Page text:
You may change your Will through a “Codicil,” a legal paper that becomes an addition to your Will, or by writing a new Will. Do not change your Will by crossing things out and writing or typing changes on it, as doing so does not legally change your will.


A Codicil can be used to make fairly simple changes, such as naming a different Executor or naming a different beneficiary. Codicils must be written and witnessed in the same ways that Wills are.


You should think about making an entirely new Will when:


• you marry or divorce (once you divorce, your ex-spouse will not get any of your estate unless you say so in a new Will);

• there is a birth or death in your family;

• your property greatly increases or decreases in value; or

• the person you name as Guardian or Executor moves away, or passes away.


Also, if you move to another State, check with a lawyer there to see if your California Will is still valid.




Besides the attorney who writes your Will, no one needs to know about your Will. But your Executor and other close friends or relatives should know that you have a Will. And, whether you keep the Will in a safe deposit box, your lawyer’s safe, or a fireproof box at home, they should now where to find your Will when you pass away. Also, if you add a Codicil to your Will, be sure to store it with your Will.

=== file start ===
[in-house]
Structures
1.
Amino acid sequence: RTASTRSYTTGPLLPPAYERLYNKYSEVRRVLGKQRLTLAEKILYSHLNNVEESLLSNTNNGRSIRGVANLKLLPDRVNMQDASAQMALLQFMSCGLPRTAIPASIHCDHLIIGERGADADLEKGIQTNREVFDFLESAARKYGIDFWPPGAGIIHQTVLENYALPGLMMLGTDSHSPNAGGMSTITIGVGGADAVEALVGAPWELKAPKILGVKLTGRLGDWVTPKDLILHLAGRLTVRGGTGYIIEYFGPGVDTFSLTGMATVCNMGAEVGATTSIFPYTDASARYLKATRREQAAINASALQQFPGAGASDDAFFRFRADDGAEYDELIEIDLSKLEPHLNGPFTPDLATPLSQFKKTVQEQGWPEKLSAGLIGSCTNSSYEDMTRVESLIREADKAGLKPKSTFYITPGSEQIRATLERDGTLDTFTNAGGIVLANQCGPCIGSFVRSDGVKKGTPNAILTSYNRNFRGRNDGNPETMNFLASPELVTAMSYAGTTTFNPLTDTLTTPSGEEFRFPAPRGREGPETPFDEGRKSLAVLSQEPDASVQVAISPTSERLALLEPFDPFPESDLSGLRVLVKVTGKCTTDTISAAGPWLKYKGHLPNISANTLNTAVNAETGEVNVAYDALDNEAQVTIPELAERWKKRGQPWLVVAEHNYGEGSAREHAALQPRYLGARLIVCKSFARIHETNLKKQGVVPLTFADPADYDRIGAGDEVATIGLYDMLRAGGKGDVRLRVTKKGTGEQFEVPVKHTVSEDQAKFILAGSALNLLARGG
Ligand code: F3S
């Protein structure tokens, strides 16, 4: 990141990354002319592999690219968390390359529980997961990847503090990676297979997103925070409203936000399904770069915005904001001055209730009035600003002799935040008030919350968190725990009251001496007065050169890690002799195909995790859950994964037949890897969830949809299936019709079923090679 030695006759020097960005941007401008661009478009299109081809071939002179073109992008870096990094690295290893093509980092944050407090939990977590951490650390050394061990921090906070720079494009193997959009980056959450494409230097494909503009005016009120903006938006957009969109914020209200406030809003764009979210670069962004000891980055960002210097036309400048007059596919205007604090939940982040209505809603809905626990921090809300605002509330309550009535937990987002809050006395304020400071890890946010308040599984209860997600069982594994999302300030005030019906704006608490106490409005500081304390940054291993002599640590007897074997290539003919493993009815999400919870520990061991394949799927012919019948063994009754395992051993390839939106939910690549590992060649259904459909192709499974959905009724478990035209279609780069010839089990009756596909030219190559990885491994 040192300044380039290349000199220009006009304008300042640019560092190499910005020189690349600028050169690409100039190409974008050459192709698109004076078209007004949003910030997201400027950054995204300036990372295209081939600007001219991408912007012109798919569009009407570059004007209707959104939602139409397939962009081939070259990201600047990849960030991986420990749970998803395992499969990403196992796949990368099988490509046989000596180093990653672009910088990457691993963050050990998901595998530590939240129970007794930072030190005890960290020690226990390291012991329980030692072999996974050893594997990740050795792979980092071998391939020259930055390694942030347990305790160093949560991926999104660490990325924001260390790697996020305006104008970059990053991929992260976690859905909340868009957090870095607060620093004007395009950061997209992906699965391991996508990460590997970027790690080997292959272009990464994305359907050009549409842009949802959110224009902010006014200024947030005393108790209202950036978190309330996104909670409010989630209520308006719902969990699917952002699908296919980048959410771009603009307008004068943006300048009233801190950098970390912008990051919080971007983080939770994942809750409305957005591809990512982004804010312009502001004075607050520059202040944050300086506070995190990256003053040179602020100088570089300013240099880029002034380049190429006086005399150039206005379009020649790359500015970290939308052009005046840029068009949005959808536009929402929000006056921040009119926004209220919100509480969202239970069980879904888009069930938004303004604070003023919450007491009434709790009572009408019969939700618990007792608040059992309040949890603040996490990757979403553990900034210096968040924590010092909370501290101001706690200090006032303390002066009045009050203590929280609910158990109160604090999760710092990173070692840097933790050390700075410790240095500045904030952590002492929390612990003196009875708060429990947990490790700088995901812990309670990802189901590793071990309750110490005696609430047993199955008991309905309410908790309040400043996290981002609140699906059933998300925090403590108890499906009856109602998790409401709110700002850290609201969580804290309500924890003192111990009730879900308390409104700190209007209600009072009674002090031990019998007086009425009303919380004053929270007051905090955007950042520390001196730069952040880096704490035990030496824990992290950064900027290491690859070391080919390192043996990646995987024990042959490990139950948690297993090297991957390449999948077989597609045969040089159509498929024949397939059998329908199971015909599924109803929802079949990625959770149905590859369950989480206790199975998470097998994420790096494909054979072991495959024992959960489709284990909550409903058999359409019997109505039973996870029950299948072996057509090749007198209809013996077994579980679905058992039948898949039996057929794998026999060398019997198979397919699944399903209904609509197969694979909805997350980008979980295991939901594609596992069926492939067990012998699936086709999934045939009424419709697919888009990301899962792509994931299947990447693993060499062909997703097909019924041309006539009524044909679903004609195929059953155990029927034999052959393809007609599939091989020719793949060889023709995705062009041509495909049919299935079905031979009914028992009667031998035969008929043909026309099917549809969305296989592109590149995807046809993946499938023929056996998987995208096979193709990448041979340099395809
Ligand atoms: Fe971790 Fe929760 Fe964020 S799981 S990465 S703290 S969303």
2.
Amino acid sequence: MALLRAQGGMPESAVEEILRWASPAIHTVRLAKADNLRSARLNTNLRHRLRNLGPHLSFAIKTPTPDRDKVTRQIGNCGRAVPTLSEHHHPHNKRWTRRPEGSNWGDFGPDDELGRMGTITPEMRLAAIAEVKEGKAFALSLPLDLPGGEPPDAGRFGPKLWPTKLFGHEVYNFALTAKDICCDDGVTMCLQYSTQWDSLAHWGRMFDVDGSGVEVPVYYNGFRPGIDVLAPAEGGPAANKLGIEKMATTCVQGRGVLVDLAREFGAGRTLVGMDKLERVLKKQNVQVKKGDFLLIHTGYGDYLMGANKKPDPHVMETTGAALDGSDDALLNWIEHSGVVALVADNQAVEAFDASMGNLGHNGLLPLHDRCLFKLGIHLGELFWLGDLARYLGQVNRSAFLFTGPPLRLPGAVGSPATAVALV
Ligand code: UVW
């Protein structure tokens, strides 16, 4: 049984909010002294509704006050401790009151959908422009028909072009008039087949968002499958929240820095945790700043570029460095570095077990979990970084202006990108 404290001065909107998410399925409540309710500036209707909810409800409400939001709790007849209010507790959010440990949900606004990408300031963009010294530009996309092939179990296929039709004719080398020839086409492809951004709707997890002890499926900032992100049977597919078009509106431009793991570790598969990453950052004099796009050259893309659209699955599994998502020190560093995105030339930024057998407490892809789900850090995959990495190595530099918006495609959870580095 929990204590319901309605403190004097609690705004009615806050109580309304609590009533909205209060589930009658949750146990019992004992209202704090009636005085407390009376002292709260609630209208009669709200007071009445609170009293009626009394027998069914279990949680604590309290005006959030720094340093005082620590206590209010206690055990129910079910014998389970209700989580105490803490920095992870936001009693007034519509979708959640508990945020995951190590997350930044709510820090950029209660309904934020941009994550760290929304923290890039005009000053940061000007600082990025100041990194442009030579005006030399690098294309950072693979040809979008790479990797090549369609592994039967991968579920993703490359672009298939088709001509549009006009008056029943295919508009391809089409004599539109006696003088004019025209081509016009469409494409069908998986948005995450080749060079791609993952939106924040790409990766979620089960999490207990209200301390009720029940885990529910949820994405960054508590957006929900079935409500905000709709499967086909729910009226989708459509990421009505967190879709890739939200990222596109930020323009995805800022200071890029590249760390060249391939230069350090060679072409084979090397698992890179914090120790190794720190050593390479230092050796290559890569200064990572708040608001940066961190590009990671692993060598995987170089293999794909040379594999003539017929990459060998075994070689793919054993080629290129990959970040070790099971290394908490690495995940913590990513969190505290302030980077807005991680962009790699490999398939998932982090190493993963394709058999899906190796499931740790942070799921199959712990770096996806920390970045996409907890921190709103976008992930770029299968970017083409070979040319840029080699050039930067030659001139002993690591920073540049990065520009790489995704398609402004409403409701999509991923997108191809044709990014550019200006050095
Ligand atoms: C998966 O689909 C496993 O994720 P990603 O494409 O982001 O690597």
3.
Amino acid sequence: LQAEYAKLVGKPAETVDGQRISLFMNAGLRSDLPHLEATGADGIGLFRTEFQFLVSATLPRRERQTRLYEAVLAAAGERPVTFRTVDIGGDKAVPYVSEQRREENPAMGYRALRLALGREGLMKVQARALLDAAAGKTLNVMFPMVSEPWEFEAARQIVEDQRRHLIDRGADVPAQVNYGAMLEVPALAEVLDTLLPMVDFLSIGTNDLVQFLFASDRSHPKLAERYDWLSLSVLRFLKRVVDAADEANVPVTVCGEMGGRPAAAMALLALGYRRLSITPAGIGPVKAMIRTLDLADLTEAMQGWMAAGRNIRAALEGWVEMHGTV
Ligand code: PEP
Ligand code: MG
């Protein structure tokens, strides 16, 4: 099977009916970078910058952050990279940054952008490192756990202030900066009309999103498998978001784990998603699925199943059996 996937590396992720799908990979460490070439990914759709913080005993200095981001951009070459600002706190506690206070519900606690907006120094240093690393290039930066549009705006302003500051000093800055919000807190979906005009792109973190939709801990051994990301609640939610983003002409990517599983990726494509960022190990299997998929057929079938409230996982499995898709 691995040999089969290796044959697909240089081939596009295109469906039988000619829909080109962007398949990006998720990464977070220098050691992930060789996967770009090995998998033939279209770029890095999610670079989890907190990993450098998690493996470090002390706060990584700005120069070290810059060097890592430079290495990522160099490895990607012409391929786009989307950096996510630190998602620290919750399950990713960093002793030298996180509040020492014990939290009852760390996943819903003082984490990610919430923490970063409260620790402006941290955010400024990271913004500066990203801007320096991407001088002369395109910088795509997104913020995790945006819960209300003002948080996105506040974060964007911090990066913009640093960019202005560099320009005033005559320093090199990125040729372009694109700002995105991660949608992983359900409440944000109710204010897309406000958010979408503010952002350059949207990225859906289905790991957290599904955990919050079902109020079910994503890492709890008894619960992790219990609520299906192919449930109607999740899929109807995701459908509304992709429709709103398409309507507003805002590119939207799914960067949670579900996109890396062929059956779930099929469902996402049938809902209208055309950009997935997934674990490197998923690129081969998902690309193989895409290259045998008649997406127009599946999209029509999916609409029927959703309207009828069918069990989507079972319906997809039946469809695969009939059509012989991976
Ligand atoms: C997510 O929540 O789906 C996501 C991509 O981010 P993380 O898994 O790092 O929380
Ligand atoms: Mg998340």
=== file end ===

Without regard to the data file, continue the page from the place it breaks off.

Property that you leave to your spouse is not subject to federal estate tax, ands your remaining estate will not be taxed if it is worth less than $60,000.00.




You can do several things now to help your Executor and family later on:


Property List. Make a list of your property and where it can be found. Name your bank accounts, safety deposit boxes, stocks and bonds, real estate and other possessions. Also write down the names and addresses of your creditors – the people and companies to whom you own money.


Instructions for Burial /Cremation/Organ Donation. Let your heirs know in writing how you want if you want to be buried, cremated, or if you want to donate organs to a hospital. Also tell them where you wish to be buried, or how you wish your cremains to be disposed of. Be sure to tell your Executor and family about these papers and where you keep them.


Life Support Preferences. Someday you may be seriously ill and unable to let your family and doctors know what kind of medical treatment you would like. For example, if you were in a coma, would you want doctors to use life support systems to keep you alive?


In California, you can use a legal form, called a “DURABLE POWER OF ATTORNEY FOR HEALTH CARE DECISIONS” to name a friend or relative to make medical decisions for you, if you are ever unable to do so yourself. Once completed, the person you named and your doctor must follow your wishes.


For more information about Wills and Estate Planning, contact Dragon Archer Group, P.C.